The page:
We didn't know if that song was going to make the album or if we should even put it on there or whatever because it was such a personal song. Like every piece of art, you shouldn't ever think about the consequences of what you're doing, when you're doing it at the time. That was one of those songs that we just said, "Look, we have to write this. We have to get it down, particularly the verses." People are like, "You rapping now?" No, it's a poem put to music that I can say I definitely wouldn't be able to sing those lyrics. It just seems like a better fit to talk to him the way I talk to my dad, you know? When we'd given birth to the song in the studio, it was one of those moments where you're looking at other songwriters in the room and you kind of all look for those moments when there's four of you in the room but there's something else there, too. It's almost like a tangible person, the song itself. That one, again, I pulled my experiences from losing my father and Mark pulled his experiences from losing his mother and father. But there's also another guy in the room, too, that has both of his parents and he was crying to the song over the fact that he may lose his parents one day and have to feel the way we do now. We were all in these various different stages of grieving and then one that hadn't at all. But we all felt the same way when the song was written. That was like, "Whoa, that was like magic just passed through the room there." It was hard to write, but it would have been even harder not to write it, in fairness.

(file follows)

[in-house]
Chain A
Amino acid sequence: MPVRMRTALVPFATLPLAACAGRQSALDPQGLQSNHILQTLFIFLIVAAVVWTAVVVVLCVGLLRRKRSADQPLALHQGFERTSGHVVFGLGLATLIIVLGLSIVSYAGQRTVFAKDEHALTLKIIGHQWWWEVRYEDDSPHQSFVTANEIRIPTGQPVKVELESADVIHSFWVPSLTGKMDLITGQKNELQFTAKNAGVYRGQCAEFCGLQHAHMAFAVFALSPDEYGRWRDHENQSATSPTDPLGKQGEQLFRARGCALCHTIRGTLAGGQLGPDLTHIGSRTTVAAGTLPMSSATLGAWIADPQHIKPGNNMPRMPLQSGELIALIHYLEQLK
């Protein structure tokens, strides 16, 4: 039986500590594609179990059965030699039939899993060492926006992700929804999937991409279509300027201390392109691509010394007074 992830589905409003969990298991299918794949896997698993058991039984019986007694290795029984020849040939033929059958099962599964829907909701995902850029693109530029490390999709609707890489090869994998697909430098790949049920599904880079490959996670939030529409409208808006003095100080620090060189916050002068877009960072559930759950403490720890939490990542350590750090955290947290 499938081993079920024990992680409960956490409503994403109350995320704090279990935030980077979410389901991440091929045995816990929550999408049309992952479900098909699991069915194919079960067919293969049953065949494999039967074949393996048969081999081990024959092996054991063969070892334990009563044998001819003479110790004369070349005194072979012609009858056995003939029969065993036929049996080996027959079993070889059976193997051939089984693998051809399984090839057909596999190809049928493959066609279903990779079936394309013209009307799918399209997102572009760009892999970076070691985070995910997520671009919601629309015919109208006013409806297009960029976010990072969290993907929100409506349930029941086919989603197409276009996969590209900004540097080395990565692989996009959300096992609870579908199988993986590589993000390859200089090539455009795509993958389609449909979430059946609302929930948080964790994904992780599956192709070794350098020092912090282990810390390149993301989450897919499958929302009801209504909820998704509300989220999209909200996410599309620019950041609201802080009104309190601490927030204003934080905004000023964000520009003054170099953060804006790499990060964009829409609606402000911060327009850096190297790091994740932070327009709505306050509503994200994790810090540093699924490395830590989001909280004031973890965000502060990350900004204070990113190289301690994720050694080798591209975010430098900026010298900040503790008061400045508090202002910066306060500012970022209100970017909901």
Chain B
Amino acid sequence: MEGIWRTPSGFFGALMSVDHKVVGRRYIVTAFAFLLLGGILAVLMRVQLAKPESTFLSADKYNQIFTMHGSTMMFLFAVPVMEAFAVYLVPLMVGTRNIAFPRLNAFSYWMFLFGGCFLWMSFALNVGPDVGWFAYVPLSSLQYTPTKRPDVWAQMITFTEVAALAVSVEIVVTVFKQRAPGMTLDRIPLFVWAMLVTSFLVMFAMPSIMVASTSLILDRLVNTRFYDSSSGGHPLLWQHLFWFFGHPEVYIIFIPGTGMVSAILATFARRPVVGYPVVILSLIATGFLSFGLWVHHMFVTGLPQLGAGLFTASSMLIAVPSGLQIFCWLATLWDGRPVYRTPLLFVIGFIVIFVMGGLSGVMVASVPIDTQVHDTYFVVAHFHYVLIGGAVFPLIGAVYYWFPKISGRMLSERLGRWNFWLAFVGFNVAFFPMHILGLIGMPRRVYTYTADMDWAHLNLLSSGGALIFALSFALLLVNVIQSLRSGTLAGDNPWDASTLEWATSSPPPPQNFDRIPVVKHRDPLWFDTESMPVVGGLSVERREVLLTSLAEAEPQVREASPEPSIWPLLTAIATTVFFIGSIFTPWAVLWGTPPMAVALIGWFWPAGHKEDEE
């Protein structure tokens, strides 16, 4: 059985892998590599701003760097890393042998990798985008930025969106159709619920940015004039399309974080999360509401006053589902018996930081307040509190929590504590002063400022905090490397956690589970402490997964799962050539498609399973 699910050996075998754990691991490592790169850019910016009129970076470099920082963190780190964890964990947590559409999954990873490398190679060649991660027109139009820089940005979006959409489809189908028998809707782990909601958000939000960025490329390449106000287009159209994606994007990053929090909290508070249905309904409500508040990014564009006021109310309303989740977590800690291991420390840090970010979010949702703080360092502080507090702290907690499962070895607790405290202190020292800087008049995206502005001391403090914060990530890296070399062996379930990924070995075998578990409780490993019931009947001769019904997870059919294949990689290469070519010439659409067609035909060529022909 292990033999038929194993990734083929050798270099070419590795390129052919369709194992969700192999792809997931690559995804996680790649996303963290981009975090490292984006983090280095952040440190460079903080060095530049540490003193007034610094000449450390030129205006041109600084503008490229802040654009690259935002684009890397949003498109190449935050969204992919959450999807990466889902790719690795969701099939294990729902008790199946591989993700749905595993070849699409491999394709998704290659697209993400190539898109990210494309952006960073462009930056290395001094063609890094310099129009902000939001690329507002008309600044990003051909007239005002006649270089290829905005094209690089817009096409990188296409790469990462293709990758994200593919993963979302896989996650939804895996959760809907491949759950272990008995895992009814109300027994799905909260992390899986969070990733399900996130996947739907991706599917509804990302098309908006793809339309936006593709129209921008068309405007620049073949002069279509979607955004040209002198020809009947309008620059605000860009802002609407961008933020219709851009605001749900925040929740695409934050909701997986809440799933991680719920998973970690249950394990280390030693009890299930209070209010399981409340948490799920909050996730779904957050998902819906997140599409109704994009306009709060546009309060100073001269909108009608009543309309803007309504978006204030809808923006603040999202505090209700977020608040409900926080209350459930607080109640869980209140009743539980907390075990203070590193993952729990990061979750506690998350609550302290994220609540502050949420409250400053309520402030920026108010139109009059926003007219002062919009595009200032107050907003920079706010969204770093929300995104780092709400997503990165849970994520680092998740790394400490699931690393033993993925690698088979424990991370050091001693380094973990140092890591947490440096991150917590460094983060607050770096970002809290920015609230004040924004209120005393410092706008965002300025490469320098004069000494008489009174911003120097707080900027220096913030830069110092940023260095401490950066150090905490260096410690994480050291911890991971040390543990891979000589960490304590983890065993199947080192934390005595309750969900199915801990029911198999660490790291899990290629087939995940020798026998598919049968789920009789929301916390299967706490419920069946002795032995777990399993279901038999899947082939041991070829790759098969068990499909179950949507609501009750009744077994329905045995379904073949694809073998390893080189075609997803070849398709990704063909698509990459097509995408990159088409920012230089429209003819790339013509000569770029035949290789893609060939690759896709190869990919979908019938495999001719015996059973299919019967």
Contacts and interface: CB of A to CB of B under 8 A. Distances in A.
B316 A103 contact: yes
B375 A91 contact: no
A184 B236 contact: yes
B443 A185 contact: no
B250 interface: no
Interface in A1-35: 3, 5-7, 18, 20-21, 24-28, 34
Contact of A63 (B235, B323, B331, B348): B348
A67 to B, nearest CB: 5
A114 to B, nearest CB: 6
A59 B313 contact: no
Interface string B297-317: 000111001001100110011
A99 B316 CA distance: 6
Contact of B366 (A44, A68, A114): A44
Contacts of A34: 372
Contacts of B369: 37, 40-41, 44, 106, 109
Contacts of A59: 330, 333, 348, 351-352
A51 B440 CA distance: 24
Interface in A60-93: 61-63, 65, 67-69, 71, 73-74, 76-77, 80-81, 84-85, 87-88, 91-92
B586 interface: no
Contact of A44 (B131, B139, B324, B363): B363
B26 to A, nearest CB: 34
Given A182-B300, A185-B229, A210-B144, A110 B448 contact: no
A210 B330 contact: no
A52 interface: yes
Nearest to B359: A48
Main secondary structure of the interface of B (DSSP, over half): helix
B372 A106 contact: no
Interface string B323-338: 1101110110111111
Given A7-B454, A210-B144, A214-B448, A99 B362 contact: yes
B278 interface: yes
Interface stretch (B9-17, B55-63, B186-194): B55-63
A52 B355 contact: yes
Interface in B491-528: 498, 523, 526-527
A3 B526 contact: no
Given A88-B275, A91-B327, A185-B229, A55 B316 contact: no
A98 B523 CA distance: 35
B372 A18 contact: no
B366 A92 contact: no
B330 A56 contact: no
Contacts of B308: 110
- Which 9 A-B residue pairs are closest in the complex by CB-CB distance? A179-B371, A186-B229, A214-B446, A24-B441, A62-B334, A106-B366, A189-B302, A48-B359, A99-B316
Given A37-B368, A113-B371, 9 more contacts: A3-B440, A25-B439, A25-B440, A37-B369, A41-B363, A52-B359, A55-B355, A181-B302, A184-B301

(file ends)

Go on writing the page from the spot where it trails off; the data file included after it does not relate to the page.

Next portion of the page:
On a lighter note, how was it to work with fellow "The Voice UK" coach will.i.am on "Hall of Fame"
Amazing. He's a true genius. In modern-day pop music, there isn't any bigger compliment than to have him come in a room and, not only does he want to work with you, but he wants to produce the song, which I thought was very brave on his behalf, considering everything he touches turns to gold. We were very lucky to secure his services. As a coach on UK The Voice, it seemed like a natural thing for me to do, to play him music and demos of the songs and tracks and stuff. He ended up loving "Hall of Fame." The song is a massive song. We wanted that as the first single. He's like, "No, I want it for my record." "No, you can't get it." We had a happy compromise, with both of us [being on the record]. Line by line, we swap out the lines. I guess it's a testament to the song. He didn't want to just come in and go, "Yeah, yeah." as so many collaborations are these days. He's actually line for line a proper, proper duet.